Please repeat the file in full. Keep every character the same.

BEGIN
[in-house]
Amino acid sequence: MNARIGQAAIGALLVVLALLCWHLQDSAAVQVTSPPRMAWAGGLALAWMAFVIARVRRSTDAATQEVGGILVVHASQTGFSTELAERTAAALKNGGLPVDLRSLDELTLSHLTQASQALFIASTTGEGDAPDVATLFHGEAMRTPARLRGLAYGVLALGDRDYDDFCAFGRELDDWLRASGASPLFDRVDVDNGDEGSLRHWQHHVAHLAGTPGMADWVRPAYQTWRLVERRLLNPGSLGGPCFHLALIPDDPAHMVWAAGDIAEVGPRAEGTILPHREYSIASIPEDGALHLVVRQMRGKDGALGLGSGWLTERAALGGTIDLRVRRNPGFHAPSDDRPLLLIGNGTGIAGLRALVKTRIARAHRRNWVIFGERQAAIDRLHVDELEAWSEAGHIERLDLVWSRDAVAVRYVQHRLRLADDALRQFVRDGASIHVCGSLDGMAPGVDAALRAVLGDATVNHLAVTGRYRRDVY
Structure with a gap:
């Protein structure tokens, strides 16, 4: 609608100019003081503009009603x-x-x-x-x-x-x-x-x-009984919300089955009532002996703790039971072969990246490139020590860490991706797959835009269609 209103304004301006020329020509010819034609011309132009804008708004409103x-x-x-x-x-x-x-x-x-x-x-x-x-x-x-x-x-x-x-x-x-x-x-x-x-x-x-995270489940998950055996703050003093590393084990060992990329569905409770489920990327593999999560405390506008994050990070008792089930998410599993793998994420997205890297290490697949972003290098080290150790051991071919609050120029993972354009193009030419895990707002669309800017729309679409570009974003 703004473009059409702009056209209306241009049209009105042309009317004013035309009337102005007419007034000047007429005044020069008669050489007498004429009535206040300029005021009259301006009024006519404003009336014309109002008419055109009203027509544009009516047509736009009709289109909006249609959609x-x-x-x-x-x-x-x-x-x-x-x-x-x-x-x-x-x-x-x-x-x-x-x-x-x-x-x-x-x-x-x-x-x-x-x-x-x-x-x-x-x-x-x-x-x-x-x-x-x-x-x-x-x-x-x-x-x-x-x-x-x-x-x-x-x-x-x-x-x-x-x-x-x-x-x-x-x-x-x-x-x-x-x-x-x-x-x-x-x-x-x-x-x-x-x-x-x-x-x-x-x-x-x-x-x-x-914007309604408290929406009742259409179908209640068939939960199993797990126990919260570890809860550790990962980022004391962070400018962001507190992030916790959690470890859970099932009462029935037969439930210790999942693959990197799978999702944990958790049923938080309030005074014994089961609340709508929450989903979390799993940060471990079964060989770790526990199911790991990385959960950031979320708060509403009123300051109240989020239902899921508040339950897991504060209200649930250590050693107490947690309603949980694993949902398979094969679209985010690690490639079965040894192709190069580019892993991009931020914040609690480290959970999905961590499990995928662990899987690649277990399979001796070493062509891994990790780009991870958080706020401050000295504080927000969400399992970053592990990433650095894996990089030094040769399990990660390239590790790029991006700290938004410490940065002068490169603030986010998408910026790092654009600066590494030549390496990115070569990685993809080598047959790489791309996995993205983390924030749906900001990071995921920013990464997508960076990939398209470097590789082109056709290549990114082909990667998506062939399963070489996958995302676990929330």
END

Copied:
[in-house]
Amino acid sequence: MNARIGQAAIGALLVVLALLCWHLQDSAAVQVTSPPRMAWAGGLALAWMAFVIARVRRSTDAATQEVGGILVVHASQTGFSTELAERTAAALKNGGLPVDLRSLDELTLSHLTQASQALFIASTTGEGDAPDVATLFHGEAMRTPARLRGLAYGVLALGDRDYDDFCAFGRELDDWLRASGASPLFDRVDVDNGDEGSLRHWQHHVAHLAGTPGMADWVRPAYQTWRLVERRLLNPGSLGGPCFHLALIPDDPAHMVWAAGDIAEVGPRAEGTILPHREYSIASIPEDGALHLVVRQMRGKDGALGLGSGWLTERAALGGTIDLRVRRNPGFHAPSDDRPLLLIGNGTGIAGLRALVKTRIARAHRRNWVIFGERQAAIDRLHVDELEAWSEAGHIERLDLVWSRDAVAVRYVQHRLRLADDALRQFVRDGASIHVCGSLDGMAPGVDAALRAVLGDATVNHLAVTGRYRRDVY
Structure with a gap:
């Protein structure tokens, strides 16, 4: 609608100019003081503009009603x-x-x-x-x-x-x-x-x-009984919300089955009532002996703790039971072969990246490139020590860490991706797959835009269609 209103304004301006020329020509010819034609011309132009804008708004409103x-x-x-x-x-x-x-x-x-x-x-x-x-x-x-x-x-x-x-x-x-x-x-x-x-x-x-995270489940998950055996703050003093590393084990060992990329569905409770489920990327593999999560405390506008994050990070008792089930998410599993793998994420997205890297290490697949972003290098080290150790051991071919609050120029993972354009193009030419895990707002669309800017729309679409570009974003 703004473009059409702009056209209306241009049209009105042309009317004013035309009337102005007419007034000047007429005044020069008669050489007498004429009535206040300029005021009259301006009024006519404003009336014309109002008419055109009203027509544009009516047509736009009709289109909006249609959609x-x-x-x-x-x-x-x-x-x-x-x-x-x-x-x-x-x-x-x-x-x-x-x-x-x-x-x-x-x-x-x-x-x-x-x-x-x-x-x-x-x-x-x-x-x-x-x-x-x-x-x-x-x-x-x-x-x-x-x-x-x-x-x-x-x-x-x-x-x-x-x-x-x-x-x-x-x-x-x-x-x-x-x-x-x-x-x-x-x-x-x-x-x-x-x-x-x-x-x-x-x-x-x-x-x-x-914007309604408290929406009742259409179908209640068939939960199993797990126990919260570890809860550790990962980022004391962070400018962001507190992030916790959690470890859970099932009462029935037969439930210790999942693959990197799978999702944990958790049923938080309030005074014994089961609340709508929450989903979390799993940060471990079964060989770790526990199911790991990385959960950031979320708060509403009123300051109240989020239902899921508040339950897991504060209200649930250590050693107490947690309603949980694993949902398979094969679209985010690690490639079965040894192709190069580019892993991009931020914040609690480290959970999905961590499990995928662990899987690649277990399979001796070493062509891994990790780009991870958080706020401050000295504080927000969400399992970053592990990433650095894996990089030094040769399990990660390239590790790029991006700290938004410490940065002068490169603030986010998408910026790092654009600066590494030549390496990115070569990685993809080598047959790489791309996995993205983390924030749906900001990071995921920013990464997508960076990939398209470097590789082109056709290549990114082909990667998506062939399963070489996958995302676990929330």